“Financial Lockdown… ATMs Went Dry”: 3 Police States Banning Cash to Control the People
The rush to create a cashless society is on. Why? Because it will be the ultimate measure of control. All of your money will then be in banks, and courts have ruled that “your money” in banks is not really yours, but is under the control of the banks, who, basically, can do with it whatever they wish. If, for instance, the banks introduce negative interest rates, you cannot withdraw it as cash. Think on that a moment. In essence, they could legally steal your money by the simple measure of creating negative interest rates.
India is on the path of creating a cashless society. India has almost one-fifth of the global population. Just the elimination of bills worth $7.50 and $14.70 has thrown the country into financial chaos. It is not about fighting corruption or terrorist financing; those will continue unabated. It is about control, period. – Shorty Dawkins
by Mac Slavo
Is it any coincidence that the financial crises, and the subsequent restrictions, follow the general chaos and upheaval that surround hotspots and conflict zones?
The European Union has once again been confronted with a major terror attack, and is coming down harsh on cash, gold and other valuables as a response. Due to its supposed connection to financing terrorism, cash and gold are being closely monitored and seized as it flows into the EU.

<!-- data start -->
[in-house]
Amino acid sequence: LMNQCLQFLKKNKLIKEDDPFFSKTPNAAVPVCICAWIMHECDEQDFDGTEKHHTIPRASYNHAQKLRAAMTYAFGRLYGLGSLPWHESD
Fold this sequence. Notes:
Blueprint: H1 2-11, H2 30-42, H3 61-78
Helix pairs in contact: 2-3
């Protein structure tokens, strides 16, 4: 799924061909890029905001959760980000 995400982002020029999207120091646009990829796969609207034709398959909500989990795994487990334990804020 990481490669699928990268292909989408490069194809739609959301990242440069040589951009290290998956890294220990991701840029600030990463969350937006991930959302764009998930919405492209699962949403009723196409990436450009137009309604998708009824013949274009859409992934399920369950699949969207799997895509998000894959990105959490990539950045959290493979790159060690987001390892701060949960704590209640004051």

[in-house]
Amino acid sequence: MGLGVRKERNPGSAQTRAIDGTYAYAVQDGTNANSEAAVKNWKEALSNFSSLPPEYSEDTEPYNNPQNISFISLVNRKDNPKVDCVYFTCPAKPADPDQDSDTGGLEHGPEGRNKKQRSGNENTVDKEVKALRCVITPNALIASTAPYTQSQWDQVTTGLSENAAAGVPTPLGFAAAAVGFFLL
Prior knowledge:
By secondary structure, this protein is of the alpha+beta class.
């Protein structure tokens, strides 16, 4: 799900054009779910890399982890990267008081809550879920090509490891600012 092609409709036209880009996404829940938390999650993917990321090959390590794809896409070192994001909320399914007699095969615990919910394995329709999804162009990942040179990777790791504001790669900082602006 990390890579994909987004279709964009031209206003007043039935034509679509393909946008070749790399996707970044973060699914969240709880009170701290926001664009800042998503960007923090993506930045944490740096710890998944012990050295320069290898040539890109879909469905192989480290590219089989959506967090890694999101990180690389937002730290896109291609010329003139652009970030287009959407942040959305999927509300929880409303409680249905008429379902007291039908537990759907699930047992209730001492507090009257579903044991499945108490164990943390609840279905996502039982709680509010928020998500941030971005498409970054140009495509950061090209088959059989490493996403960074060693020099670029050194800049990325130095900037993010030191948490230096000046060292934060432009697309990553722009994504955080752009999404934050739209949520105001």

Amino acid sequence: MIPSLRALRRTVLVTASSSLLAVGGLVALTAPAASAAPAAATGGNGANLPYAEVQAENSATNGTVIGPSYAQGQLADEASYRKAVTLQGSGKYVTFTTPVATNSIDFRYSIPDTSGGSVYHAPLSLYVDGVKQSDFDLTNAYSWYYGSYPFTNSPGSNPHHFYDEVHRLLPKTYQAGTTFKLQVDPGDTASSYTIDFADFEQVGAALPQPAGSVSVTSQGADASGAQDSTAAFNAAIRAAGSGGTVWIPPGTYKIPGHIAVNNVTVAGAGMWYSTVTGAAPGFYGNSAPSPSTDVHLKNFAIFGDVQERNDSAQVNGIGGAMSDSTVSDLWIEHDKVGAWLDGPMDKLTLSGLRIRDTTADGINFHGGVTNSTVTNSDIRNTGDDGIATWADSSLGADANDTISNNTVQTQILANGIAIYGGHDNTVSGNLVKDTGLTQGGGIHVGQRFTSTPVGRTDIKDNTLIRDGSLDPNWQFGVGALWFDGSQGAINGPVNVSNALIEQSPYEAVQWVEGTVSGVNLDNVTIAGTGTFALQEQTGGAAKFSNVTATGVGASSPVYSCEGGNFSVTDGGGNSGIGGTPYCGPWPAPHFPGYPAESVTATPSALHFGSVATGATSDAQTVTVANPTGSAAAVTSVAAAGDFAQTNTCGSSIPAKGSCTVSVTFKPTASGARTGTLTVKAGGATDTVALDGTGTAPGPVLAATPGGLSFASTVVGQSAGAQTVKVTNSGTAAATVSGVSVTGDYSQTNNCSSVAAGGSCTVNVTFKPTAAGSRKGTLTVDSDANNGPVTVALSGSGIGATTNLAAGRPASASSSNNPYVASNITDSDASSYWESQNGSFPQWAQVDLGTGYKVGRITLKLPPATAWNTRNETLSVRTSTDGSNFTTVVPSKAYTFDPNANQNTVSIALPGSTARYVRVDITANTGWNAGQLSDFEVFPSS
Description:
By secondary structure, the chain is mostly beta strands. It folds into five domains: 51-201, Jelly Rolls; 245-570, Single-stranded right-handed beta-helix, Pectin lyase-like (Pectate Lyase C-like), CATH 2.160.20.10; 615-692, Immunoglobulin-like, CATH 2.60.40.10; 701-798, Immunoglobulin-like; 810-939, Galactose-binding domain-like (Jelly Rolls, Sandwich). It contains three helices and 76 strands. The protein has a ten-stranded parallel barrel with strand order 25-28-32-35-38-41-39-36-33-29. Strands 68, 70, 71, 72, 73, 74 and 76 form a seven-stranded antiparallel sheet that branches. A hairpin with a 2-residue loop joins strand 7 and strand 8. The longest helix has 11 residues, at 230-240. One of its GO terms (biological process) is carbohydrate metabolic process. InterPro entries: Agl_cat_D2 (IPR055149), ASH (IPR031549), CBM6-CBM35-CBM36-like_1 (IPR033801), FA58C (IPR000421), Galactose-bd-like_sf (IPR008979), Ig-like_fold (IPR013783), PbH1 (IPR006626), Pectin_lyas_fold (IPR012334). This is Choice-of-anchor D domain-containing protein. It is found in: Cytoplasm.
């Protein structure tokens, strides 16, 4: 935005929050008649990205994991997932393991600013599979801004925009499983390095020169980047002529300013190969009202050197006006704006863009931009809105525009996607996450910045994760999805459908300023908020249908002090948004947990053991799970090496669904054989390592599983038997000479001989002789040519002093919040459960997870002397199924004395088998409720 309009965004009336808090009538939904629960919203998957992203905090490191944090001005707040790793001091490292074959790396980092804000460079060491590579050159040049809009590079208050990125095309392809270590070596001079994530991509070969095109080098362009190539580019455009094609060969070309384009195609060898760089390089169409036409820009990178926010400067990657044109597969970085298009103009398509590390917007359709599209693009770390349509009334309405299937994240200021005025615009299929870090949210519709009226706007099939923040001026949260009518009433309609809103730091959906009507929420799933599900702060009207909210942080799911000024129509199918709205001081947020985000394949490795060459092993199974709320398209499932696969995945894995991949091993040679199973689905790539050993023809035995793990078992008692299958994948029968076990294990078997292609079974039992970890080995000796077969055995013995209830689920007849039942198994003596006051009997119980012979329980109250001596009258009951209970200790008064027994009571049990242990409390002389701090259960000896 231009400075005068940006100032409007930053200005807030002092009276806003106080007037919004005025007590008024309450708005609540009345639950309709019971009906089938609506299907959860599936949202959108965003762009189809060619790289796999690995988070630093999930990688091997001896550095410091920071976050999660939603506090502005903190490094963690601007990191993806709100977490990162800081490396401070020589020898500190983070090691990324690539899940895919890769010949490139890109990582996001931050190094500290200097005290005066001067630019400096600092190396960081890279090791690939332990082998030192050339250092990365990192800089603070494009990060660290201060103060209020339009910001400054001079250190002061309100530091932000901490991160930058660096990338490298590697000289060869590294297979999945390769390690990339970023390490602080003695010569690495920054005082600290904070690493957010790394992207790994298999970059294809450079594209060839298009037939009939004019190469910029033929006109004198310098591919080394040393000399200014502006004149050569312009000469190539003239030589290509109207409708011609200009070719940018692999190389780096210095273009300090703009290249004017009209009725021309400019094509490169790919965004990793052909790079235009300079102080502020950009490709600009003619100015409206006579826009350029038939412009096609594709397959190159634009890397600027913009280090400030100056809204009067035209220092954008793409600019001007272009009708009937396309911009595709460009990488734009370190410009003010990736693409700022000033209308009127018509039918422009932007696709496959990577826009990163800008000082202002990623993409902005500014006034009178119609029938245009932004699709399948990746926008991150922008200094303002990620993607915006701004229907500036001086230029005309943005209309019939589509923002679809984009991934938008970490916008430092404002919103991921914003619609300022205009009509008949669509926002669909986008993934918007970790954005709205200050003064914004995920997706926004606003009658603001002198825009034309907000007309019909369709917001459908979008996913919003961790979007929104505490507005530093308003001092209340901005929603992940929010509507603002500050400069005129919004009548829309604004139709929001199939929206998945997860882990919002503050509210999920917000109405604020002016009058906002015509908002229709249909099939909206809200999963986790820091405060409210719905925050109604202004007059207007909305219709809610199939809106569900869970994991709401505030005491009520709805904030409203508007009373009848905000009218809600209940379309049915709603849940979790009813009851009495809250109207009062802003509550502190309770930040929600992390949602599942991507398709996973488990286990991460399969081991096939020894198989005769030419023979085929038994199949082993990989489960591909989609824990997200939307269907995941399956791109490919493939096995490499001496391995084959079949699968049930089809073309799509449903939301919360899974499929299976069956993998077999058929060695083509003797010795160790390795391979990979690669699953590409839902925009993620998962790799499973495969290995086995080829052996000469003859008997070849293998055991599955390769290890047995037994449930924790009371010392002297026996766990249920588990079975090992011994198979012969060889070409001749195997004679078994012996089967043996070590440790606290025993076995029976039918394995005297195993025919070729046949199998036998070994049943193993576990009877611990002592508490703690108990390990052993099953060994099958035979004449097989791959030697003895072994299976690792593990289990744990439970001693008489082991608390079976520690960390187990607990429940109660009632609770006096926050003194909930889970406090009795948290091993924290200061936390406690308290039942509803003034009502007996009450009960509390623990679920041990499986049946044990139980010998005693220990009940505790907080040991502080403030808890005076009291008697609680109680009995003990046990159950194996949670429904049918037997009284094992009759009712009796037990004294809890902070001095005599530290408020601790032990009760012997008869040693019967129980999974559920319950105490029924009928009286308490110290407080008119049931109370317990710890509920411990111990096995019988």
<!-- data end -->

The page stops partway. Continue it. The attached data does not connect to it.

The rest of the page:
Meanwhile, economic crisis driving extremely tight cash control measures in Venezuela, India and other parts of the developing world. In the name of combating illicit financial activities, these countries have banned nearly all of the currency, while placing a very short leash around their already impoverished populations.
The United States, too, is under a great deal of economic pressure. Enormous mounts of debt, rising interest rates and a number of massive bursting bubbles, could explode into a major crisis. While there are already fairly tight restrictions on transferring, withdrawing or crossing borders with large amounts of cash, even great restrictions may be coming.
Earlier in 2016, former Treasury Secretary Larry Summers, an architect of the last banking crisis, penned an op-ed called ” It’s time to kill the $100 bill “
Harvard’s Mossavar Rahmani Center for Business and Government, which I am privileged to direct, has just issued an important paper by senior fellow Peter Sands and a group of student collaborators. The paper makes a compelling case for stopping the issuance of high denomination notes like the 500 euro note and $100 bill or even withdrawing them from circulation.
These are difficult times in Europe with the refugee crisis, economic weakness, security issues and the rise of populist movements… Even better than unilateral measures in Europe would be a global agreement to stop issuing notes worth more than say $50 or $100.
It isn’t just summers. Janet Yellen, the IMF, and several leading papers have all advocated these measures. Now, these things are starting to happen around the world.
Investing.com sees a global cash ban accelerating in 2017, and possibly impacting transactions at home in the United States:
The big theme for 2017 will be Cash. Not a pro-deflationary “time to own cash” theme, but a “let’s ban it as quickly as possible” theme […] Which is why 2017 will shape up to be the year of the Global Cash Bans.
Cash is being restricted as a means of maintaining control over the citizenry. Long lines, withdraw limits, capital controls, will all define the use of cash during the crises to come.